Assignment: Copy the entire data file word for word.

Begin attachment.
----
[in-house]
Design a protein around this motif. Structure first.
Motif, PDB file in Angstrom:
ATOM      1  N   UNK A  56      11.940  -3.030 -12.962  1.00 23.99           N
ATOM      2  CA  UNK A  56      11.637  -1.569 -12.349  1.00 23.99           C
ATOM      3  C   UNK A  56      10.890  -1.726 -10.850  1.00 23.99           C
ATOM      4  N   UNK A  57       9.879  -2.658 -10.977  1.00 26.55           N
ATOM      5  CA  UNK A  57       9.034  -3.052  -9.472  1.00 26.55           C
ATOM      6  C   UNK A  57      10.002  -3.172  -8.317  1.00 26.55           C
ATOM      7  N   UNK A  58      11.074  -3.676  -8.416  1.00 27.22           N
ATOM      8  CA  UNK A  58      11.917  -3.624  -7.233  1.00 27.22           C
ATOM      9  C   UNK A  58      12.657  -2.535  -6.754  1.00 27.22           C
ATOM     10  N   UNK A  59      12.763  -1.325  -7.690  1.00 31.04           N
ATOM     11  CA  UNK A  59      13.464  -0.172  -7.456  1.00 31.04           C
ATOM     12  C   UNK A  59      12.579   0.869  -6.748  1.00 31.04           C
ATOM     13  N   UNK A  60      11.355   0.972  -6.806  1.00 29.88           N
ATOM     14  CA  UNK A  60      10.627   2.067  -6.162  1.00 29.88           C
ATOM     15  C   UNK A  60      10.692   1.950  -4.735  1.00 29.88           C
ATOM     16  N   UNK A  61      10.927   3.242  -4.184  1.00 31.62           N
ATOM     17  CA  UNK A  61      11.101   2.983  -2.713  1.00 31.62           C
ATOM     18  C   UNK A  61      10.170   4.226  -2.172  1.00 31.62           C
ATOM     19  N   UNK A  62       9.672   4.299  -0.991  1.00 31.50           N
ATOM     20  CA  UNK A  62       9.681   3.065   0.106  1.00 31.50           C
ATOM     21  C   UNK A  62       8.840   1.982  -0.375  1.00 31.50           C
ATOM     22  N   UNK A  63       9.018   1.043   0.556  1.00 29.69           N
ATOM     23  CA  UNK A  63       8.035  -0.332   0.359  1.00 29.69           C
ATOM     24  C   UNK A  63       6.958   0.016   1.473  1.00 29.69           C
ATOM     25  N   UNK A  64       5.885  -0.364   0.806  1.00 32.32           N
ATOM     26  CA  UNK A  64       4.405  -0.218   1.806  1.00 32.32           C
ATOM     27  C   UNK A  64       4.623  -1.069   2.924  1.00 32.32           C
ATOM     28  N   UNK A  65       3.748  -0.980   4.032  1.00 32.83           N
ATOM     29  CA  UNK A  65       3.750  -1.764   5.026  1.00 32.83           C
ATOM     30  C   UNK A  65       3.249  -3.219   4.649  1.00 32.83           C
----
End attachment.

[in-house]
Design a protein around this motif. Structure first.
Motif, PDB file in Angstrom:
ATOM      1  N   UNK A  56      11.940  -3.030 -12.962  1.00 23.99           N
ATOM      2  CA  UNK A  56      11.637  -1.569 -12.349  1.00 23.99           C
ATOM      3  C   UNK A  56      10.890  -1.726 -10.850  1.00 23.99           C
ATOM      4  N   UNK A  57       9.879  -2.658 -10.977  1.00 26.55           N
ATOM      5  CA  UNK A  57       9.034  -3.052  -9.472  1.00 26.55           C
ATOM      6  C   UNK A  57      10.002  -3.172  -8.317  1.00 26.55           C
ATOM      7  N   UNK A  58      11.074  -3.676  -8.416  1.00 27.22           N
ATOM      8  CA  UNK A  58      11.917  -3.624  -7.233  1.00 27.22           C
ATOM      9  C   UNK A  58      12.657  -2.535  -6.754  1.00 27.22           C
ATOM     10  N   UNK A  59      12.763  -1.325  -7.690  1.00 31.04           N
ATOM     11  CA  UNK A  59      13.464  -0.172  -7.456  1.00 31.04           C
ATOM     12  C   UNK A  59      12.579   0.869  -6.748  1.00 31.04           C
ATOM     13  N   UNK A  60      11.355   0.972  -6.806  1.00 29.88           N
ATOM     14  CA  UNK A  60      10.627   2.067  -6.162  1.00 29.88           C
ATOM     15  C   UNK A  60      10.692   1.950  -4.735  1.00 29.88           C
ATOM     16  N   UNK A  61      10.927   3.242  -4.184  1.00 31.62           N
ATOM     17  CA  UNK A  61      11.101   2.983  -2.713  1.00 31.62           C
ATOM     18  C   UNK A  61      10.170   4.226  -2.172  1.00 31.62           C
ATOM     19  N   UNK A  62       9.672   4.299  -0.991  1.00 31.50           N
ATOM     20  CA  UNK A  62       9.681   3.065   0.106  1.00 31.50           C
ATOM     21  C   UNK A  62       8.840   1.982  -0.375  1.00 31.50           C
ATOM     22  N   UNK A  63       9.018   1.043   0.556  1.00 29.69           N
ATOM     23  CA  UNK A  63       8.035  -0.332   0.359  1.00 29.69           C
ATOM     24  C   UNK A  63       6.958   0.016   1.473  1.00 29.69           C
ATOM     25  N   UNK A  64       5.885  -0.364   0.806  1.00 32.32           N
ATOM     26  CA  UNK A  64       4.405  -0.218   1.806  1.00 32.32           C
ATOM     27  C   UNK A  64       4.623  -1.069   2.924  1.00 32.32           C
ATOM     28  N   UNK A  65       3.748  -0.980   4.032  1.00 32.83           N
ATOM     29  CA  UNK A  65       3.750  -1.764   5.026  1.00 32.83           C
ATOM     30  C   UNK A  65       3.249  -3.219   4.649  1.00 32.83           C